So you said, “yes!” Now, it’s time to plan the wedding of your dreams. Before you start browsing Pinterest for ideas, make sure to consider the cost of your wedding plans so they don’t derail your finances. Here are 10 tips to help you get started.
The old adage, “the early bird gets the worm,” is especially true in wedding planning. Start by having a conversation with your soon-to-be spouse about the time of year you would like to get married and how you envision your ideal wedding. Draft a list of two to four wedding components (i.e., photography, entertainment, venue) that are most important to each of you and prioritize these when setting your budget (we’ll get to that later). The earlier you have this conversation, the earlier you can start researching venues and vendors. Surprisingly, many vendors start to schedule events a year in advance, so try to kick-start the planning process soon after your engagement to benefit from a wide range of vendors and costs to fit your budget.
Draft a rough guest list
Sit down with your soon-to-be-spouse and brainstorm a list of the people who are important to include on your guest list. Once you’ve included your family members, think of the individuals you interact with on a regular basis — friends, family friends, coworkers, etc. — and add them to your list, as well. Come up with a rough guest list and use this to estimate the amount of people that are likely to attend. You will need a preliminary estimate of the number of guests when visiting wedding venues and allocating costs.
Determine who is contributing to the cost of your wedding
Setting expectations early is key to a stress-free conversation about the cost of the affair. Talk with your soon-to-be spouse about how much he or she is comfortable spending on your wedding, and the amount each of you can realistically save in the months leading up to the big day, taking into account your existing expenses. This number can vary, as every couple’s financial situation is different. Like many engaged couples, you and your future spouse may need to cover rent for an apartment, or may be starting to save for a house around the same time as you’re planning the wedding. It’s important to factor in the expenses that are essential to your day-to-day life while allocating costs for the event.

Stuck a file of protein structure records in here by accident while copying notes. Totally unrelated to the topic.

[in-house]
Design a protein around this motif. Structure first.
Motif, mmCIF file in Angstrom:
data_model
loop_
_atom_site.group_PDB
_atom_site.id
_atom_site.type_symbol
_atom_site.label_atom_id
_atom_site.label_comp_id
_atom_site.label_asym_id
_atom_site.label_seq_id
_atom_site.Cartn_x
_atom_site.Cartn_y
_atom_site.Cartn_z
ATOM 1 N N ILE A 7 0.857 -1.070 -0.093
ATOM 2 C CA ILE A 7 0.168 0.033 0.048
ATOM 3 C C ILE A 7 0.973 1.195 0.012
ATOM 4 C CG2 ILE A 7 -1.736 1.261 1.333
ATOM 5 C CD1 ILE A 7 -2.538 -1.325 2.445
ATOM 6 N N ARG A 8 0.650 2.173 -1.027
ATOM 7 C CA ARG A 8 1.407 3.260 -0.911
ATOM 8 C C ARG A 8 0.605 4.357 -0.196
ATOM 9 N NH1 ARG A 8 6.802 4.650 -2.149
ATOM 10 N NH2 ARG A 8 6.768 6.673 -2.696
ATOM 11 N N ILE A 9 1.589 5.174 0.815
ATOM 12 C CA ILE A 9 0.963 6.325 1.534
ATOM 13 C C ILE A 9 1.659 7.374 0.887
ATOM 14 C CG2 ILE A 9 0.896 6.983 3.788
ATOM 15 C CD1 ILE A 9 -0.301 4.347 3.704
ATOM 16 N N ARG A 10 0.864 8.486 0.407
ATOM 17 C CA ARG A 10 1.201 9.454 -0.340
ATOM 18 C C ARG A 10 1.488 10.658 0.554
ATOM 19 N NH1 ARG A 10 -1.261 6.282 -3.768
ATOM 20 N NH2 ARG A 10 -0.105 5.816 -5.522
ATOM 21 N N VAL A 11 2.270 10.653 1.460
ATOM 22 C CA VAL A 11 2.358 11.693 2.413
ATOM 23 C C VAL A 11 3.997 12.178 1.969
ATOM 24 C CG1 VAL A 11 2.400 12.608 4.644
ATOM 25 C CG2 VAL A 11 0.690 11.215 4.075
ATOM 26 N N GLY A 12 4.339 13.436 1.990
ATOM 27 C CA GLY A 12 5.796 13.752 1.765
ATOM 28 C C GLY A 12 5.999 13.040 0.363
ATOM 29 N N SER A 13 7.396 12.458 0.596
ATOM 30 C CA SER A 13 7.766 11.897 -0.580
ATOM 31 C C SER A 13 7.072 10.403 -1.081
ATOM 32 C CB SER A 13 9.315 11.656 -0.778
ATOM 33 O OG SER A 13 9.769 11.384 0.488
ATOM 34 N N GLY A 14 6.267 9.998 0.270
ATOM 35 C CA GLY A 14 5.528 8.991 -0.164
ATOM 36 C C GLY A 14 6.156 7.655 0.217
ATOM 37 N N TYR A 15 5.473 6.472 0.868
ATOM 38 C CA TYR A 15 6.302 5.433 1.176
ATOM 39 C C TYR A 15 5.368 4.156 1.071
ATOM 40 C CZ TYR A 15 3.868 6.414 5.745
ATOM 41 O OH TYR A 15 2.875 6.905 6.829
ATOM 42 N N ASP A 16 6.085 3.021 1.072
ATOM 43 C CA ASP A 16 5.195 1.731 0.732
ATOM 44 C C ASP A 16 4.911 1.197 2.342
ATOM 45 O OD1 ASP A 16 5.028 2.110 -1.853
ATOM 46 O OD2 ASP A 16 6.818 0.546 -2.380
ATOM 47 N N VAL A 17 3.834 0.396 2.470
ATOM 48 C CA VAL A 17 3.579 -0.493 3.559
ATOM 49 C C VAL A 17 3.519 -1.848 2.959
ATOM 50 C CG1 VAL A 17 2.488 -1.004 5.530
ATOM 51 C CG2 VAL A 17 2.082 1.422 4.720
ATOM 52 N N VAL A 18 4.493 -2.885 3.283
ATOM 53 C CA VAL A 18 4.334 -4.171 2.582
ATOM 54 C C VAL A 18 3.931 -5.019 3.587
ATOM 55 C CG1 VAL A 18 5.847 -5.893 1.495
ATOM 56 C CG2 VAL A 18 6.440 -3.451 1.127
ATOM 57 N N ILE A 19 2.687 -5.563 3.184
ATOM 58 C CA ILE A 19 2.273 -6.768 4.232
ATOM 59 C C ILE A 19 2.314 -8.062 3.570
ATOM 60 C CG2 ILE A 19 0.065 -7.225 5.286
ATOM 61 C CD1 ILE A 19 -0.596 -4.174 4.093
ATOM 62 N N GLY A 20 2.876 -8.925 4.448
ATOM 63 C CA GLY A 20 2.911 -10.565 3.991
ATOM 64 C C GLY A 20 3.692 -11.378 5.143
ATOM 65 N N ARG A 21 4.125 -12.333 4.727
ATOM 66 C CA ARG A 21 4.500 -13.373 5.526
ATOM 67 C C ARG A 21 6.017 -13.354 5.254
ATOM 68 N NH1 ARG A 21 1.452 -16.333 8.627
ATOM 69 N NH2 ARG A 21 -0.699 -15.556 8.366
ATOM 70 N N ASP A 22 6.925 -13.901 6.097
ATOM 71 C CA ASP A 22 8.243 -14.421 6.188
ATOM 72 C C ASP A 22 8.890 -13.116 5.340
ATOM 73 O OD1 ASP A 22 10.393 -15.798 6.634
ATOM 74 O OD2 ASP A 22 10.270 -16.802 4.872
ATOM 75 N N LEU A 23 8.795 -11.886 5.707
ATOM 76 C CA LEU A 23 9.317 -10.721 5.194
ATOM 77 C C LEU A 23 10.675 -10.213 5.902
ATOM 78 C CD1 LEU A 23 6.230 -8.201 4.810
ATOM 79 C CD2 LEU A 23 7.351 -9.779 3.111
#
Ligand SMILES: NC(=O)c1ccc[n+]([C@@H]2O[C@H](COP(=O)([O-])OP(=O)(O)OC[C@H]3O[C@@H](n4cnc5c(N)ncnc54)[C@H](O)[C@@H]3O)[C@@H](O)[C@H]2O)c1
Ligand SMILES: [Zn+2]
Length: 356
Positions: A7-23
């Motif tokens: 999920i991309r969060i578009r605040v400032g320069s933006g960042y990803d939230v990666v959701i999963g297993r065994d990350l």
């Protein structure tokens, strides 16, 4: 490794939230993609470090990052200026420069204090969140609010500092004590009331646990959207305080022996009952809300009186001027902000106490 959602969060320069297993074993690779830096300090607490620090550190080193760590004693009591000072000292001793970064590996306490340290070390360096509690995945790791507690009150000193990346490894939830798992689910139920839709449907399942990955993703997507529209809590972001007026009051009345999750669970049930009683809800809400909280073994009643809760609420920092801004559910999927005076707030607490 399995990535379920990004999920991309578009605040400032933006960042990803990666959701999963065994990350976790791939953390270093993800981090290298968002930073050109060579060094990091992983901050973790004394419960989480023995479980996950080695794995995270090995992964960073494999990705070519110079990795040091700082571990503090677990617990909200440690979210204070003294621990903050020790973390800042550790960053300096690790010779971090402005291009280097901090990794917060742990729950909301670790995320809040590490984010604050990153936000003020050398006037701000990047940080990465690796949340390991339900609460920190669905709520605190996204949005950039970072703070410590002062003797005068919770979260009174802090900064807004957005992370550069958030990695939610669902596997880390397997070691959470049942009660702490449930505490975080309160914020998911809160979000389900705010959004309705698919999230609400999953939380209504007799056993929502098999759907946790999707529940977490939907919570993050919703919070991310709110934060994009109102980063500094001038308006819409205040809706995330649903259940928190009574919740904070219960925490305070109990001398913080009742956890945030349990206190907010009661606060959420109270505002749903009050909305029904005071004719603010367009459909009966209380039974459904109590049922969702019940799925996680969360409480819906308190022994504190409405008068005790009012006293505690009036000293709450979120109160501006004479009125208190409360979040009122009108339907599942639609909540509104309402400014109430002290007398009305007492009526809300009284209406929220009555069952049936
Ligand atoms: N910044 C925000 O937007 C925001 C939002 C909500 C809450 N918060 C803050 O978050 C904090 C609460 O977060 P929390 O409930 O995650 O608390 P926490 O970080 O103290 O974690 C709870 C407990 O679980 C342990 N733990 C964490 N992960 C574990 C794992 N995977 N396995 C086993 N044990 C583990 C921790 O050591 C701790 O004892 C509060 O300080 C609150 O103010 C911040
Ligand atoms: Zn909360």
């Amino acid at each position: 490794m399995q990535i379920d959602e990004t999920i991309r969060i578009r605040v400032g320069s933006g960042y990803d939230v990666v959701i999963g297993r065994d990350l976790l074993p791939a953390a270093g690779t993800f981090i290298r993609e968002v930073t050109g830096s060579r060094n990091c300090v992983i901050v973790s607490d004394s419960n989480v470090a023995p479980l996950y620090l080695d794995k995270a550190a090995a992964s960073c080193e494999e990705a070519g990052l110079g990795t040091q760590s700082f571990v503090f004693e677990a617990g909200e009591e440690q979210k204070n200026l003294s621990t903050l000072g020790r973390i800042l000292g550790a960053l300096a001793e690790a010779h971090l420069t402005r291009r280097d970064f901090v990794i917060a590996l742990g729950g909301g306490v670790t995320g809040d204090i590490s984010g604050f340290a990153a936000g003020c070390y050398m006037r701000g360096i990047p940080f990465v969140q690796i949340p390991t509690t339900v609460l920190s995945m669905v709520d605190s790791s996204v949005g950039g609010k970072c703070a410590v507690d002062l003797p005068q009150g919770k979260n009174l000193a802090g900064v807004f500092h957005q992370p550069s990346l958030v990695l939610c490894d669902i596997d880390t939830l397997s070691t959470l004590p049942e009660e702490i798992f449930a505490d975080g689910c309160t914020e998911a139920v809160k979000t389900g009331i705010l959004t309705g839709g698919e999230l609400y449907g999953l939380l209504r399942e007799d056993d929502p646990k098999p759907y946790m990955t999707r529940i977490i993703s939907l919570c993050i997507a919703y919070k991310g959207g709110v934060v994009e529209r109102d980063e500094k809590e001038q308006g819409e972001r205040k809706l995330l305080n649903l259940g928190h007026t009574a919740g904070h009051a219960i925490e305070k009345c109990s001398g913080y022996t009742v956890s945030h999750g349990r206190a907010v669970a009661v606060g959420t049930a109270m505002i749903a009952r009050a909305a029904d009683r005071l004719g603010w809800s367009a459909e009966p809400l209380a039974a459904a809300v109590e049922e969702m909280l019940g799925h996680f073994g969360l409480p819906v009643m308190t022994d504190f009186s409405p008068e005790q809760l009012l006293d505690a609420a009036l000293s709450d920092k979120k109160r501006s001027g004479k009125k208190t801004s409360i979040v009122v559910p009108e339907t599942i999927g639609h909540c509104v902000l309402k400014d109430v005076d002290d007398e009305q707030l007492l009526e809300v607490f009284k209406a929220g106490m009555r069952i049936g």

Traditionally, a bride’s parents paid for the full cost of a wedding — however, many engaged couples have started to drift away from this custom, instead opting to fund their weddings themselves. Couples who take this route often receive some help from both sets of parents. However, before making assumptions, it’s important for you and your future spouse to speak with your parents early to determine whether they would like to contribute, and if so, how much they are willing and able to contribute. Keep in mind that whomever is covering most of the cost typically has the most control over the event’s budget and the guest list. It’s helpful to set expectations upfront so conflict does not arise later on, when it’s time to make decisions and multiple parties are providing input.
Set a budget that you can afford
Start by making a list of all the wedding components you’ll be purchasing, including the ceremony site, venue, photography, videography, transportation, décor, stationary and more. Next, review the list and determine how much you can afford to allocate to each component. You may find it helpful to talk to other couples about vendors they used, as well as what they spent on each vendor. TheKnot.com has a budgeting tool that you can use to help evaluate how much you should be spending on each component.
Allocate a higher percentage of your budget to the priorities you and your future spouse came up with in Step 1. If you need help making decisions, it is often ideal to focus your spending on the factors that will ensure both you and your guests enjoy the wedding: food, beverages and entertainment, plus photography and videography, which will allow you to reflect on your whirlwind of a wedding day.
Another helpful tip is to think about weddings you’ve attended in the past: what did you like (or didn’t you like) about these events? What made an impression on you? Use those ideas to prioritize spending on your own affair. Also, remember to include gratuities (often between 15 to 20 percent of the price) in your budget. When contacting vendors, ask if gratuities are included in their price and plan accordingly.
Most importantly, try not to get caught up in the weddings you see in magazines and on Pinterest, which may be outside of your price range. Focus your time and energy on the most important thing — planning a day to celebrate this major life milestone with your closest family and friends.
Monitor your budget
Ensure that your budget matches up with the amount you and your families can contribute to the wedding. If your budgeted cost exceeds the amount you and your families can provide, figure out whether to cut back on certain expenses, or delay the wedding to give you more time to save.
If cutting expenses is your objective, the food- and beverage-per-plate cost is typically the largest wedding expense, so cutting back on the guest list can result in the largest amount of savings. If additional savings are your objective, consider extending your engagement and pushing your wedding back by six months or even a year to ensure you have enough time to accumulate the funds you need. As you begin spending on vendors, make sure to track your expenses against your budget so you can identify areas of concern early on, before costs spiral out of control.